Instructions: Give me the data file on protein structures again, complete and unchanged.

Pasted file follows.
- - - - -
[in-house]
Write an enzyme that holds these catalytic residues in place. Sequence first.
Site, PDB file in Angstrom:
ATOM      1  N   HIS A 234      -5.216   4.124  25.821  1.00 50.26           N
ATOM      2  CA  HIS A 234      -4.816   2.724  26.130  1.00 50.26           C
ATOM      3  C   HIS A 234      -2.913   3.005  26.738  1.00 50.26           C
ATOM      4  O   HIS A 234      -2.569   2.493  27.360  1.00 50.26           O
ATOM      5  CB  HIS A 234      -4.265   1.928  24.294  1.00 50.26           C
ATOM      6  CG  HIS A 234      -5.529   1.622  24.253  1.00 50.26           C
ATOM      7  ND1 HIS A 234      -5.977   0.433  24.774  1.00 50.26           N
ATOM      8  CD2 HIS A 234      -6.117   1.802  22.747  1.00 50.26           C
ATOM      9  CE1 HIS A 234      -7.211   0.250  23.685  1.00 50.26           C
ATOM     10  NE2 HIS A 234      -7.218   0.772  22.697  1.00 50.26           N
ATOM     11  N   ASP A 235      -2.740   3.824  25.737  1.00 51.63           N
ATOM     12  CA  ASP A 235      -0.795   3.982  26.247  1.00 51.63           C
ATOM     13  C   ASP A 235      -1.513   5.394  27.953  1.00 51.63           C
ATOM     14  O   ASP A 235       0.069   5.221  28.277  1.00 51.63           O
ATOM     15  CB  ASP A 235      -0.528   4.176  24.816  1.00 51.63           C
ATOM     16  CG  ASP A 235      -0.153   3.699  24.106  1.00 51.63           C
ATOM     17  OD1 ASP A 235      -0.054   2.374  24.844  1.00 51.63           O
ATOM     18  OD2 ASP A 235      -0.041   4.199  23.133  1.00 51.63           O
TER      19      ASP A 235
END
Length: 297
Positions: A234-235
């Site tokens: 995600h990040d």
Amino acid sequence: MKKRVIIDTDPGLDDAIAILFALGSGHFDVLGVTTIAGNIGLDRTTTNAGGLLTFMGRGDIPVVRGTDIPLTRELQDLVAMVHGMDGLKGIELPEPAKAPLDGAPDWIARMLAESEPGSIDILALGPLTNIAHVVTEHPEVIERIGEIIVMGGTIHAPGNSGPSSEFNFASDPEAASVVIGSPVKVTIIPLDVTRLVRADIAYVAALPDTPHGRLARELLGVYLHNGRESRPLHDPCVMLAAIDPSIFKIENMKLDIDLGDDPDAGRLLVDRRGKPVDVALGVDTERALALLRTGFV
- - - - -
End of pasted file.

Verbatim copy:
[in-house]
Write an enzyme that holds these catalytic residues in place. Sequence first.
Site, PDB file in Angstrom:
ATOM      1  N   HIS A 234      -5.216   4.124  25.821  1.00 50.26           N
ATOM      2  CA  HIS A 234      -4.816   2.724  26.130  1.00 50.26           C
ATOM      3  C   HIS A 234      -2.913   3.005  26.738  1.00 50.26           C
ATOM      4  O   HIS A 234      -2.569   2.493  27.360  1.00 50.26           O
ATOM      5  CB  HIS A 234      -4.265   1.928  24.294  1.00 50.26           C
ATOM      6  CG  HIS A 234      -5.529   1.622  24.253  1.00 50.26           C
ATOM      7  ND1 HIS A 234      -5.977   0.433  24.774  1.00 50.26           N
ATOM      8  CD2 HIS A 234      -6.117   1.802  22.747  1.00 50.26           C
ATOM      9  CE1 HIS A 234      -7.211   0.250  23.685  1.00 50.26           C
ATOM     10  NE2 HIS A 234      -7.218   0.772  22.697  1.00 50.26           N
ATOM     11  N   ASP A 235      -2.740   3.824  25.737  1.00 51.63           N
ATOM     12  CA  ASP A 235      -0.795   3.982  26.247  1.00 51.63           C
ATOM     13  C   ASP A 235      -1.513   5.394  27.953  1.00 51.63           C
ATOM     14  O   ASP A 235       0.069   5.221  28.277  1.00 51.63           O
ATOM     15  CB  ASP A 235      -0.528   4.176  24.816  1.00 51.63           C
ATOM     16  CG  ASP A 235      -0.153   3.699  24.106  1.00 51.63           C
ATOM     17  OD1 ASP A 235      -0.054   2.374  24.844  1.00 51.63           O
ATOM     18  OD2 ASP A 235      -0.041   4.199  23.133  1.00 51.63           O
TER      19      ASP A 235
END
Length: 297
Positions: A234-235
């Site tokens: 995600h990040d």
Amino acid sequence: MKKRVIIDTDPGLDDAIAILFALGSGHFDVLGVTTIAGNIGLDRTTTNAGGLLTFMGRGDIPVVRGTDIPLTRELQDLVAMVHGMDGLKGIELPEPAKAPLDGAPDWIARMLAESEPGSIDILALGPLTNIAHVVTEHPEVIERIGEIIVMGGTIHAPGNSGPSSEFNFASDPEAASVVIGSPVKVTIIPLDVTRLVRADIAYVAALPDTPHGRLARELLGVYLHNGRESRPLHDPCVMLAAIDPSIFKIENMKLDIDLGDDPDAGRLLVDRRGKPVDVALGVDTERALALLRTGFV